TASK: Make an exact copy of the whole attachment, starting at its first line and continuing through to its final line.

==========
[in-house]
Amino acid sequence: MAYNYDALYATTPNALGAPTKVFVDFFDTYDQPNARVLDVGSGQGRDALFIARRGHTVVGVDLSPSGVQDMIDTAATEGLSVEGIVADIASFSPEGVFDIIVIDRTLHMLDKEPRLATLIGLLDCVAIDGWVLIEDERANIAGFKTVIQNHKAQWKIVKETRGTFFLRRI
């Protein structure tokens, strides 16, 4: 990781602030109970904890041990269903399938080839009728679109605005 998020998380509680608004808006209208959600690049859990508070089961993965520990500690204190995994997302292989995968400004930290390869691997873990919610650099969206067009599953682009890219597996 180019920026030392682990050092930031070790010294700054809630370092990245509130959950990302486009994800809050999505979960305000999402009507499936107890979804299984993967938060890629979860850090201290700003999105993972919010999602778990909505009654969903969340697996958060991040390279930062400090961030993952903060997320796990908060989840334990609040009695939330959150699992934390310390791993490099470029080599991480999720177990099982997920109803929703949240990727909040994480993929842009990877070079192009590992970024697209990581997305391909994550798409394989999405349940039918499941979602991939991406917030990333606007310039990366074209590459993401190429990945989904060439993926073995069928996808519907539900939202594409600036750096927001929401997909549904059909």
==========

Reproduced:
[in-house]
Amino acid sequence: MAYNYDALYATTPNALGAPTKVFVDFFDTYDQPNARVLDVGSGQGRDALFIARRGHTVVGVDLSPSGVQDMIDTAATEGLSVEGIVADIASFSPEGVFDIIVIDRTLHMLDKEPRLATLIGLLDCVAIDGWVLIEDERANIAGFKTVIQNHKAQWKIVKETRGTFFLRRI
């Protein structure tokens, strides 16, 4: 990781602030109970904890041990269903399938080839009728679109605005 998020998380509680608004808006209208959600690049859990508070089961993965520990500690204190995994997302292989995968400004930290390869691997873990919610650099969206067009599953682009890219597996 180019920026030392682990050092930031070790010294700054809630370092990245509130959950990302486009994800809050999505979960305000999402009507499936107890979804299984993967938060890629979860850090201290700003999105993972919010999602778990909505009654969903969340697996958060991040390279930062400090961030993952903060997320796990908060989840334990609040009695939330959150699992934390310390791993490099470029080599991480999720177990099982997920109803929703949240990727909040994480993929842009990877070079192009590992970024697209990581997305391909994550798409394989999405349940039918499941979602991939991406917030990333606007310039990366074209590459993401190429990945989904060439993926073995069928996808519907539900939202594409600036750096927001929401997909549904059909």